When Jokowi’s son Gibran Rakabuming Raka was elected Mayor of Surakarta in 2021, Jokowi joined the ranks of Indonesia’s other two living presidents, Megawati Sukarnoputri and Susilo Bambang Yudhoyono, as heads of political dynasties. Their children currently occupy positions in regional and central governments, as well as national political parties.
Former president Megawati Sukarnoputri, the daughter of Indonesia’s founding president Sukarno, is the matriarch of a dynasty now three generations old which controls Indonesia’s largest political party, the Indonesian Democratic Party of Struggle (PDI-P). Agus Harimurti Yudhoyono heads the party his father founded, Partai Demokrat, and looks likely to be named as former governor of Jakarta Anies Baswedan’s running mate in the 2024 presidential race. Dynastic politics in modern democratic Indonesia is well and truly entrenched, forming the bedrock of several leading political parties.
The biggest difference between these and the Widodo dynasty-building project is that the family does not yet have an exclusive political vehicle in the form of its own party. As it stands, the Widodo’s are dependent on decisions made by the PDI-P executive — namely, Megawati.
The Widodo family is currently riding an unrivalled wave of momentum that comes with Jokowi’s overwhelming popularity and, for the moment at least, the heft of the PDI-P’s backing. But the course of the Widodo dynasty remains uncertain, including whether PDI-P support will last beyond Jokowi’s presidency and if the PDI-P is capable of supporting two dynastic families simultaneously.
Unlike Indonesia’s multigenerational political dynasties, whose longevity and autonomy allows them a level of resilience, the first challenge for the Widodo family will be to ‘bed down’ its successor generation. Of immediate concern is securing incumbency for family members currently in politics. In addition to Gibran, Jokowi’s son-in-law Bobby Nasution is in his first term as Mayor of Medan. Gibran and Bobby’s re-election or ascension to new positions in the 2024 elections will prove decisive.
Both men have asserted their ambitions to run for governorships — Central Java or Jakarta for Gibran, and North Sumatra for Bobby. To date, the PDI-P executive has not affirmed these moves, though offers of support and invitations from elsewhere may force the party to assert its position sooner rather than later.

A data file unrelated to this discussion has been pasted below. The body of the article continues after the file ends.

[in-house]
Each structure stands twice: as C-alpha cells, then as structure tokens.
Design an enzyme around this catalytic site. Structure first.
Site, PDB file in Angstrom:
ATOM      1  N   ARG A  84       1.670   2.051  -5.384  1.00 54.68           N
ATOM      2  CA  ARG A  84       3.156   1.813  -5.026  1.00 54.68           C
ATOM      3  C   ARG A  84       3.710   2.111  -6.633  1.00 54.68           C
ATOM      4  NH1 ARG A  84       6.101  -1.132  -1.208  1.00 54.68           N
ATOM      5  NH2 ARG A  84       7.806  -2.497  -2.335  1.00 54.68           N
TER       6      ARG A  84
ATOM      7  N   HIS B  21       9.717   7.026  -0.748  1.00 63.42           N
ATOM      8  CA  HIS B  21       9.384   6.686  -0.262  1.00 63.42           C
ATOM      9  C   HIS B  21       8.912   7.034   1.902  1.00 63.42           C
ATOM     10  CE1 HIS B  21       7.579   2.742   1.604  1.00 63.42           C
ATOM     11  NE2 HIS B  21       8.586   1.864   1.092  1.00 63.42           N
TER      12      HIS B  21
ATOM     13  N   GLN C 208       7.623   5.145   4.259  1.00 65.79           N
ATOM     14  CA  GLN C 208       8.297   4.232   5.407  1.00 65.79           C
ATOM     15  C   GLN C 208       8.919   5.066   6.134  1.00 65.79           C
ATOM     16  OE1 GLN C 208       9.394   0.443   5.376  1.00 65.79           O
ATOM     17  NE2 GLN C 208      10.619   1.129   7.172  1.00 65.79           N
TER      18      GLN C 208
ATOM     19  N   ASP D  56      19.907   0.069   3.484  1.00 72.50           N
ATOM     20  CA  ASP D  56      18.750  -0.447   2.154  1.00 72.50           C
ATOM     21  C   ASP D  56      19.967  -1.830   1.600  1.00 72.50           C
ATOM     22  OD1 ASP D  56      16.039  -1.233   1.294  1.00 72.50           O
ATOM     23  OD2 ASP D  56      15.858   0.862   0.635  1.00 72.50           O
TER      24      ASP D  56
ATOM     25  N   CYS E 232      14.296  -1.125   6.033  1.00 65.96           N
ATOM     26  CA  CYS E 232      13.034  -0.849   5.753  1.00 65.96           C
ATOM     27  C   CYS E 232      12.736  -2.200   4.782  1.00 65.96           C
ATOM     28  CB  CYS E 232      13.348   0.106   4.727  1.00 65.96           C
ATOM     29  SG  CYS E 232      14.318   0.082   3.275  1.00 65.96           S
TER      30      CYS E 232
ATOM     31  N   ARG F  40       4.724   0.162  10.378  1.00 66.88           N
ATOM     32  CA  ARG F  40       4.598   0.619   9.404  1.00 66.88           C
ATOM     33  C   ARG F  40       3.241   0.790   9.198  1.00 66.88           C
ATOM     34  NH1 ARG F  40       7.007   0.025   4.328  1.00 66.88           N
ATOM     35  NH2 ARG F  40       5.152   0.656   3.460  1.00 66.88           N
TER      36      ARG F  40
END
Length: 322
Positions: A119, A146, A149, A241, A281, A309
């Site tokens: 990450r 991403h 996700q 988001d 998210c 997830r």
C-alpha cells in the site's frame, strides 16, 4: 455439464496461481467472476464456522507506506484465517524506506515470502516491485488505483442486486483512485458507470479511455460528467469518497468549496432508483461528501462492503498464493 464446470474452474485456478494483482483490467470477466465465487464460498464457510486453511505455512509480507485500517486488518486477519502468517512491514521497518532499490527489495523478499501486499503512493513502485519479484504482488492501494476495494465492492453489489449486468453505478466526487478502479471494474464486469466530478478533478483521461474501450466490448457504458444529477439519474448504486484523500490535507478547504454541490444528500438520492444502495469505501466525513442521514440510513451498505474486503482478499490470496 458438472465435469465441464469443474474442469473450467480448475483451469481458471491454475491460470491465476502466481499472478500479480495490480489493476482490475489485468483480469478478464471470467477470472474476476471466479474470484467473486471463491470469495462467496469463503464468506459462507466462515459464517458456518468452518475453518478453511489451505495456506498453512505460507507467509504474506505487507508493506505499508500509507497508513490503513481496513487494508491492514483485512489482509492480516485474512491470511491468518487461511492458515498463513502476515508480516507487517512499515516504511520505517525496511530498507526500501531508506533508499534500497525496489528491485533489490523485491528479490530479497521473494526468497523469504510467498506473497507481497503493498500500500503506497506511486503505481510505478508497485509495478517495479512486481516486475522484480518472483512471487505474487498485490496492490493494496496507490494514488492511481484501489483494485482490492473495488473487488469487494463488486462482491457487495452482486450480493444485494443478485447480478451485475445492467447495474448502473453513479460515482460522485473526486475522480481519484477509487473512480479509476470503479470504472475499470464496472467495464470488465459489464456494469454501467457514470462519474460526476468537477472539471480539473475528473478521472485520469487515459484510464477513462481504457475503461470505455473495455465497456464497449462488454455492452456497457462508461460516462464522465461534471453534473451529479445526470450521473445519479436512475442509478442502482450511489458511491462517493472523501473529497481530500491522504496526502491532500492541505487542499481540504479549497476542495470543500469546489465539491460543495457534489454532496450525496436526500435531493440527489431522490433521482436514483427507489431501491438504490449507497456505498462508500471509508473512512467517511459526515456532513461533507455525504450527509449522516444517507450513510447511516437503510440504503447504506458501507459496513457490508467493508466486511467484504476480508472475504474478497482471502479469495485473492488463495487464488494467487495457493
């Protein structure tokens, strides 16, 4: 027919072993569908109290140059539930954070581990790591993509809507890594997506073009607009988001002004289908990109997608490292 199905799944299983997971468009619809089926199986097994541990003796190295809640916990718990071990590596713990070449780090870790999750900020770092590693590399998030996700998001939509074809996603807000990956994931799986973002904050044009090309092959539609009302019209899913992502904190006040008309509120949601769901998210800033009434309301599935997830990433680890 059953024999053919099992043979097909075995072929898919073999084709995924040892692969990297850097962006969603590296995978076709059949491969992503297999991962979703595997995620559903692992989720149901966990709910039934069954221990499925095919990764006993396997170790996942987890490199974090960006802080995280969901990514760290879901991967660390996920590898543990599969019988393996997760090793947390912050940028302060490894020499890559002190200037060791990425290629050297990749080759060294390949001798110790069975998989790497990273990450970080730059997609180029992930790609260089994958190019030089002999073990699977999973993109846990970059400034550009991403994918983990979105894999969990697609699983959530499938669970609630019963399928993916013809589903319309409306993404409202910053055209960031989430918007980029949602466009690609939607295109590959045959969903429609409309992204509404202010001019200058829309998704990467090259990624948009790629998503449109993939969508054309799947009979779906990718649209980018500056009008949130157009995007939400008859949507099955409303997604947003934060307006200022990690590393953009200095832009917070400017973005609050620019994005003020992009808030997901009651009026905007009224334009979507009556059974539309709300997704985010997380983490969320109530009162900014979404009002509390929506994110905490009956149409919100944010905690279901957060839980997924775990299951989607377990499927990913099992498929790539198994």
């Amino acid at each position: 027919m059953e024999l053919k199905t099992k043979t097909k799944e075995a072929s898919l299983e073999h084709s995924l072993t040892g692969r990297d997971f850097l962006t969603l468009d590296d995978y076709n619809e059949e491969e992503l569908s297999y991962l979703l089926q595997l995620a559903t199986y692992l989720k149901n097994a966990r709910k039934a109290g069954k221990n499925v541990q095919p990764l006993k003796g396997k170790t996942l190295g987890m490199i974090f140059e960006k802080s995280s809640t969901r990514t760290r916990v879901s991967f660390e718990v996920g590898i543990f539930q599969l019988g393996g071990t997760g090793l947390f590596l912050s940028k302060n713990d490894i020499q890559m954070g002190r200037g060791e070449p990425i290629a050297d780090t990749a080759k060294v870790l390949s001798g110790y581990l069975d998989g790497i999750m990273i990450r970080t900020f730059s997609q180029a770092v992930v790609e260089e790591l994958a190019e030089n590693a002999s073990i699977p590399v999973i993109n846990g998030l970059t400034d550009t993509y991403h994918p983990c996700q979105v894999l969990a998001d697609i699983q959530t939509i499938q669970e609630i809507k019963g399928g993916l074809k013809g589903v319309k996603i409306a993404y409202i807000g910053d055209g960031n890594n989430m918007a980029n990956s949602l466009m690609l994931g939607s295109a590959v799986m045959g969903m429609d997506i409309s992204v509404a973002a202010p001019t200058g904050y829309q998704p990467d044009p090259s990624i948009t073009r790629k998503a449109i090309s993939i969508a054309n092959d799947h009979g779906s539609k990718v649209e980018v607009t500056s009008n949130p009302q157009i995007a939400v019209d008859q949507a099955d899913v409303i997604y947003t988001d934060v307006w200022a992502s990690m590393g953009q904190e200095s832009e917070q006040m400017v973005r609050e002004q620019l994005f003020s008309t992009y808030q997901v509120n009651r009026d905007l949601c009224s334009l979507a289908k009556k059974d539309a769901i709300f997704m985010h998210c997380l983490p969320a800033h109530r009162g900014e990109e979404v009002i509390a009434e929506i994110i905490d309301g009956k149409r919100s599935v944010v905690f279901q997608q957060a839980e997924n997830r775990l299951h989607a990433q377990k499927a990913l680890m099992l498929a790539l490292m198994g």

In January 2023, Jokowi’s youngest child Kaesang Pangarep, an entrepreneur, YouTuber and soccer club owner, indicated that he is also preparing to enter politics, though it is unclear if he will run on a PDI-P ticket or with another party.
For the second generation of the Jokowi dynasty, decisions about where and with whom they set their electoral targets are crucial. One strategic misstep can end in disaster. The Widodo family do not currently have the luxury of a family party machine to fall back on.
At all stages in the dynasty-building process, Jokowi has defended his family and individual members’ decisions to enter politics as just that. He rejects suggestions that his family is becoming a political dynasty, arguing that this infers that proper registration and electoral processes are being circumvented. He maintains that his children are receiving no such favours. Given that Jokowi does not have decisive powers within any political party to select candidates, this is not an altogether unreasonable claim.
General trends in perceptions of dynastic politics also matter, as does how the family manages their public image as they seek to expand. In the 2014 presidential election, commentators pointed to presidential candidate Prabowo Subianto’s wealthy background as off-putting for poorer voters compared to Jokowi’s humble beginnings. Jokowi’s children, who have received a similarly privileged upbringing, international education and access to elite levels of Indonesian society, present a different prospect for voters.
Kaesang’s December 2022 marriage to Miss Indonesia finalist Erina Gudoro was a turning point for the Widodo family’s image and profile. The ceremony at Surakarta’s Mangkunegara Palace was livestreamed, much in the style of a royal wedding. But the opulence on display also attracted significant criticism. A common challenge for dynastic families who come from humble origins is how to shift the family’s image into a new phase and bring voters along with them.
The rise of the Jokowi dynasty is a symptom of a political culture in Indonesia that is increasingly open to ‘family’ as another category of political actors alongside oligarchs and parties. It is also a symptom of a society in which corruption, conflicts of interest and nepotism go unchallenged in the absence of judicial checks and balances, which have been dismantled and undermined under Jokowi’s watch.
It remains to be seen if Indonesians have become sufficiently desensitised to a ‘politics as normal’ in which nepotism is unremarkable and endorsed at the ballot box. If they are not, then for the Jokowi family — an emerging political dynasty without its own party vehicle or a secured successor generation — the next 12 months are crucial. But if it is politics as normal, then the Widodo dynasty is well on its way to success in the manner of those that have come before it.
Jemma Purdey is Adjunct Fellow at the Australia-Indonesia Centre, Monash University, Australia.